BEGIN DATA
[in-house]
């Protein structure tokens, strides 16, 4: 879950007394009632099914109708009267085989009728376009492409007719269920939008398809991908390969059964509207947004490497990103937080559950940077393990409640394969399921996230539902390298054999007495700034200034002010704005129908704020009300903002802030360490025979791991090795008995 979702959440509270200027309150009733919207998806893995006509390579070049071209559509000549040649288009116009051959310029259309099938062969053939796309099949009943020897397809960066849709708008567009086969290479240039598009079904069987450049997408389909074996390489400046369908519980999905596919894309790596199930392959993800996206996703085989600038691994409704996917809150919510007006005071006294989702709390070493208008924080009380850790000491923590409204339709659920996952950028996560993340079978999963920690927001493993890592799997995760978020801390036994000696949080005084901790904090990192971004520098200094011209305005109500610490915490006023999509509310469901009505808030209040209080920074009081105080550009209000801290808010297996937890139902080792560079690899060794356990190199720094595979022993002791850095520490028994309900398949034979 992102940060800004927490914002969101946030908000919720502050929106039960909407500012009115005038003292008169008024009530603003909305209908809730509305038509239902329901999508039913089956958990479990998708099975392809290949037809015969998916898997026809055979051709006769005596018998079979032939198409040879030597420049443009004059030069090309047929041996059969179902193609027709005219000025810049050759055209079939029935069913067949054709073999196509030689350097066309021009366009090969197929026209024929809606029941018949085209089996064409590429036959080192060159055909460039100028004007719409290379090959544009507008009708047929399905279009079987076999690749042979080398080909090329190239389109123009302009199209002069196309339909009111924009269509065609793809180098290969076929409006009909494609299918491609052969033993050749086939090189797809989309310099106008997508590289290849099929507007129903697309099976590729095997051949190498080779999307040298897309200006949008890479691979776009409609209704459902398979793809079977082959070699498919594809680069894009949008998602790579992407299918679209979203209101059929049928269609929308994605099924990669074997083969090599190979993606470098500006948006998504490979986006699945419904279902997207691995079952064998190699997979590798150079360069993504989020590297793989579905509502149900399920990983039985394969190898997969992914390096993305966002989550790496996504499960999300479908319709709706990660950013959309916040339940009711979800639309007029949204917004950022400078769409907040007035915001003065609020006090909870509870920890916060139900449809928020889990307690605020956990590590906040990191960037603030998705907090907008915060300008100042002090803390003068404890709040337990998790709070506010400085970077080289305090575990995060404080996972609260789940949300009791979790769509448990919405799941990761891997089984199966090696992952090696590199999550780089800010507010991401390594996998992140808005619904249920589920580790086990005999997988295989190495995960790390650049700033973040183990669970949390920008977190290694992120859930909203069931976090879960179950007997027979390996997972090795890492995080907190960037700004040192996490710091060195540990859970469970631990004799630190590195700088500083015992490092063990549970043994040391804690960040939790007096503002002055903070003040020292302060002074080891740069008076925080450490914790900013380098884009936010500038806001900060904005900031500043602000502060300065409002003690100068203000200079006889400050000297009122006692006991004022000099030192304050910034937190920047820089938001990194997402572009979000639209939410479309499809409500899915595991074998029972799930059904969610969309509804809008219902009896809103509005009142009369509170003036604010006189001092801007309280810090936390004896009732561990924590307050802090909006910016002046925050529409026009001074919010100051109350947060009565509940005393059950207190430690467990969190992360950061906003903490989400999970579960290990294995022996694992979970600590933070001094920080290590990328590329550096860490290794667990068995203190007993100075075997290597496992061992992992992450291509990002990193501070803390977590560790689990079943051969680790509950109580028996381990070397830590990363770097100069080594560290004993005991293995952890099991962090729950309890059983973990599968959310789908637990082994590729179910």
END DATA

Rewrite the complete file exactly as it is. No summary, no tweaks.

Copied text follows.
[in-house]
């Protein structure tokens, strides 16, 4: 879950007394009632099914109708009267085989009728376009492409007719269920939008398809991908390969059964509207947004490497990103937080559950940077393990409640394969399921996230539902390298054999007495700034200034002010704005129908704020009300903002802030360490025979791991090795008995 979702959440509270200027309150009733919207998806893995006509390579070049071209559509000549040649288009116009051959310029259309099938062969053939796309099949009943020897397809960066849709708008567009086969290479240039598009079904069987450049997408389909074996390489400046369908519980999905596919894309790596199930392959993800996206996703085989600038691994409704996917809150919510007006005071006294989702709390070493208008924080009380850790000491923590409204339709659920996952950028996560993340079978999963920690927001493993890592799997995760978020801390036994000696949080005084901790904090990192971004520098200094011209305005109500610490915490006023999509509310469901009505808030209040209080920074009081105080550009209000801290808010297996937890139902080792560079690899060794356990190199720094595979022993002791850095520490028994309900398949034979 992102940060800004927490914002969101946030908000919720502050929106039960909407500012009115005038003292008169008024009530603003909305209908809730509305038509239902329901999508039913089956958990479990998708099975392809290949037809015969998916898997026809055979051709006769005596018998079979032939198409040879030597420049443009004059030069090309047929041996059969179902193609027709005219000025810049050759055209079939029935069913067949054709073999196509030689350097066309021009366009090969197929026209024929809606029941018949085209089996064409590429036959080192060159055909460039100028004007719409290379090959544009507008009708047929399905279009079987076999690749042979080398080909090329190239389109123009302009199209002069196309339909009111924009269509065609793809180098290969076929409006009909494609299918491609052969033993050749086939090189797809989309310099106008997508590289290849099929507007129903697309099976590729095997051949190498080779999307040298897309200006949008890479691979776009409609209704459902398979793809079977082959070699498919594809680069894009949008998602790579992407299918679209979203209101059929049928269609929308994605099924990669074997083969090599190979993606470098500006948006998504490979986006699945419904279902997207691995079952064998190699997979590798150079360069993504989020590297793989579905509502149900399920990983039985394969190898997969992914390096993305966002989550790496996504499960999300479908319709709706990660950013959309916040339940009711979800639309007029949204917004950022400078769409907040007035915001003065609020006090909870509870920890916060139900449809928020889990307690605020956990590590906040990191960037603030998705907090907008915060300008100042002090803390003068404890709040337990998790709070506010400085970077080289305090575990995060404080996972609260789940949300009791979790769509448990919405799941990761891997089984199966090696992952090696590199999550780089800010507010991401390594996998992140808005619904249920589920580790086990005999997988295989190495995960790390650049700033973040183990669970949390920008977190290694992120859930909203069931976090879960179950007997027979390996997972090795890492995080907190960037700004040192996490710091060195540990859970469970631990004799630190590195700088500083015992490092063990549970043994040391804690960040939790007096503002002055903070003040020292302060002074080891740069008076925080450490914790900013380098884009936010500038806001900060904005900031500043602000502060300065409002003690100068203000200079006889400050000297009122006692006991004022000099030192304050910034937190920047820089938001990194997402572009979000639209939410479309499809409500899915595991074998029972799930059904969610969309509804809008219902009896809103509005009142009369509170003036604010006189001092801007309280810090936390004896009732561990924590307050802090909006910016002046925050529409026009001074919010100051109350947060009565509940005393059950207190430690467990969190992360950061906003903490989400999970579960290990294995022996694992979970600590933070001094920080290590990328590329550096860490290794667990068995203190007993100075075997290597496992061992992992992450291509990002990193501070803390977590560790689990079943051969680790509950109580028996381990070397830590990363770097100069080594560290004993005991293995952890099991962090729950309890059983973990599968959310789908637990082994590729179910």